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Evaluating the effectiveness of vaccine passes

Example of a digital vaccine passport using QR code (Source: NY Governor's Press Office)
Example of a digital vaccine passport using QR code (Source: NY Governor's Press Office)

A year ago, Israel was the first country to issue a strict vaccine passport. Israelis needed a “Green Pass” to go to restaurants, clubs and other crowded venues.

Now, some health officials say the Green Pass did not stop the omicron variant, and is no ‘longer relevant.’

“If it doesn’t have the purpose of allowing the safe reopening of the economy, then using it only as measure for vaccine compliance is not legitimate because there are other metric measures that are less intrusive and maybe even more effective.”

Today, On Point: Why are U.S. cities issuing strict vaccine passport programs now? And will they work?


Miquel Oliu-Barton, associate professor at the University Paris-Dauphine who’s expertise is health and economic policy, and the interface between science and decisions. (@OliuBarton)

Maya Peled-Raz, head of the community health program at the University of Haifa. (@UofHaifa)

Dr. Jennifer Avegno, director of New Orleans Health Department. (@AvegnoJennifer)

Seema Mohapatra, visiting professor of law at SMU Dedman School of Law. Author of “Passports of Privilege.” (@profmohapatra)

Transcript: The Future Of Israel’s Green Pass Program

Several countries have implemented vaccine passes. France, Germany, Italy, China, Canada, to name a few. And here in the United States, major cities have done the same.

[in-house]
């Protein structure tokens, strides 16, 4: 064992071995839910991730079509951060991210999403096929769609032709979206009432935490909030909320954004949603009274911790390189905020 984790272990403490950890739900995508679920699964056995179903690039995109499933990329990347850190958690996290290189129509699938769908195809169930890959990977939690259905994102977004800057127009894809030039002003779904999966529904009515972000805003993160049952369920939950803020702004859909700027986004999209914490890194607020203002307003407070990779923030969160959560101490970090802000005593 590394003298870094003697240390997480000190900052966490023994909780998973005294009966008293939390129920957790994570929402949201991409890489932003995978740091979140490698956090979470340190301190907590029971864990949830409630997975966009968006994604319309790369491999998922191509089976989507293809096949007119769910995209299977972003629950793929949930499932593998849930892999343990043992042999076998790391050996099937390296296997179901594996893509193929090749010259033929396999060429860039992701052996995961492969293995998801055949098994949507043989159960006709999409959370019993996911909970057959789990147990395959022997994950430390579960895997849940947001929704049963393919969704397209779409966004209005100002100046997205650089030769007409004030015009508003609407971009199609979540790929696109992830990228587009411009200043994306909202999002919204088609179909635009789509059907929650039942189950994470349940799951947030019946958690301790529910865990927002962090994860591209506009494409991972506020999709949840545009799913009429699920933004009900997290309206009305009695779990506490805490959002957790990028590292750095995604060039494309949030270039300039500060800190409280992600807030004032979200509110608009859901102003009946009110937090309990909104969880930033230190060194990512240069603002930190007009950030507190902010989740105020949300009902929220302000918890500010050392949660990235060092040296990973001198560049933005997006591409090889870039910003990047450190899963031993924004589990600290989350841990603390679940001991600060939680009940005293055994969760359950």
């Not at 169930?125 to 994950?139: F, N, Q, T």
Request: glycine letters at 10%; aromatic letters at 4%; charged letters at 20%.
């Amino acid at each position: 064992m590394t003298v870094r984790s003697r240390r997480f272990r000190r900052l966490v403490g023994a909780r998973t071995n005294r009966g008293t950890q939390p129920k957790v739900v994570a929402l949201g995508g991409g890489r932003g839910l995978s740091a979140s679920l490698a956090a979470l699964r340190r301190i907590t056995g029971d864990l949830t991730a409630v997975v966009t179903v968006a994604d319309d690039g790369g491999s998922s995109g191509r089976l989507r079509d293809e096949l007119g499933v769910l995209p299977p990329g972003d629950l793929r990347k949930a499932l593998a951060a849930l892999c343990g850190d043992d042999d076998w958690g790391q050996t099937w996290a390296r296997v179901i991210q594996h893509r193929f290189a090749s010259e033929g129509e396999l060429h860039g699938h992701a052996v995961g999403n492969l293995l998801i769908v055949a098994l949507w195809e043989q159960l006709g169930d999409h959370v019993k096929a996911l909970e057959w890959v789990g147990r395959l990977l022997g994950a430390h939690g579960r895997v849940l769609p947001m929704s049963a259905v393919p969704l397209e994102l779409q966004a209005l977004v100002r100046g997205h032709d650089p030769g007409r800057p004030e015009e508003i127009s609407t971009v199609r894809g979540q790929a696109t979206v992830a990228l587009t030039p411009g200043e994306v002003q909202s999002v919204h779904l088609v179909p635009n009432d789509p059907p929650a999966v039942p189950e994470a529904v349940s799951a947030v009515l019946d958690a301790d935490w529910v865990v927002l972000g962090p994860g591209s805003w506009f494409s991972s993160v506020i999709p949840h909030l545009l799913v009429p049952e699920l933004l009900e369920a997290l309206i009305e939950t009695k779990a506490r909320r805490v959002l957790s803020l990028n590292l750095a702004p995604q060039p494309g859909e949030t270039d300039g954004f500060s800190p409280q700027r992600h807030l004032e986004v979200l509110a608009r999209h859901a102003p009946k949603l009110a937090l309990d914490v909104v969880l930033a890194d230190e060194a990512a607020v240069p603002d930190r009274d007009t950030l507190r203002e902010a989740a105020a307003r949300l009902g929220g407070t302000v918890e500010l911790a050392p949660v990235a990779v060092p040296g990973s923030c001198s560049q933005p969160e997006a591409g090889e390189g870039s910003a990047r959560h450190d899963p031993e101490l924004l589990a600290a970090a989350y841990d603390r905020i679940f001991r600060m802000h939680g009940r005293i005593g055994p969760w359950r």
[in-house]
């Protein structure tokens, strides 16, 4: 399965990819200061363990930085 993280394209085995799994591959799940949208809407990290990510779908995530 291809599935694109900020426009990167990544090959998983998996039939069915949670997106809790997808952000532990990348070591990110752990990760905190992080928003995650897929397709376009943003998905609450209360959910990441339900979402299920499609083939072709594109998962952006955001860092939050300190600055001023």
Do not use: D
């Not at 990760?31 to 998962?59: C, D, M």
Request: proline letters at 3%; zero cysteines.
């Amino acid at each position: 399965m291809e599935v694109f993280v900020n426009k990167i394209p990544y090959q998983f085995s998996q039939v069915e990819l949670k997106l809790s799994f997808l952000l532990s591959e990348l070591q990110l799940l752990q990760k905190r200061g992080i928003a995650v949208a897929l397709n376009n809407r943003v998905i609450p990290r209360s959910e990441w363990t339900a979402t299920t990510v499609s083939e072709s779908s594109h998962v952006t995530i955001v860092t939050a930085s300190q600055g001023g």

New York, San Francisco and New Orleans last year. And more recently, Chicago, Philadelphia, Washington, D.C., Boston, all imposing vaccine pass policies just last month.

MEGHNA CHAKRABARTI: Something else also happened just last month. Israel, the first country to launch vaccine passes last year, has moved towards eliminating the Green Pass program. And why? A governmental health advisory panel determine that the Green Pass is not effective. So Israeli policymakers will be deciding whether or not to end the program in the coming weeks.

So we’re going to talk about vaccine passes now a year later, what they hope to achieve in various countries and cities here in the United States, what they could cost, what they could gain. And we’ll start with Maya Peled-Raz. She’s head of community health programs at the University of Haifa in Israel. She also coauthored the paperLessons from Israel’s COVID-19 Green Pass Program. It was published in the Israel Journal of Health Policy Research. Maya Peled-Raz, welcome to you.

MAYA PELED-RAZ: Hello, Meghna.

CHAKRABARTI: So first of all, I’d love to start with some definitions so that we’re operating from a place of knowledge, rather than supposition. What was the original intention of the Green Pass program when it was created last year in Israel?

PELED-RAZ: So the Green Pass, the original Green Pass program, coincided with the third wave that we experienced. And it’s important to realize that Israel, in a way, was coming into the waves before everyone else. So we were like two months ahead of everybody else. So everybody else had a chance to learn from us, but we had no one else to learn from. We just had to make the decisions on our own. And another thing that’s really important to understand is that Israel, the whole country, was under lockdown in the first and the second wave.

So when the third wave arrived and vaccines started rolling in — and in Israel, they started rolling in and being available much faster and sooner than in everywhere else, for different reasons. Then the Green Pass or badge, as we called it, was implemented first. And the idea behind it was definitely — no debate about that — to really allow for the opening of the spheres, the economic sphere, the educational sphere, instead of going into a third lockdown. So it started as a purely preemptive measure that was actually aimed at infringing less, allowing for less infringement on human rights.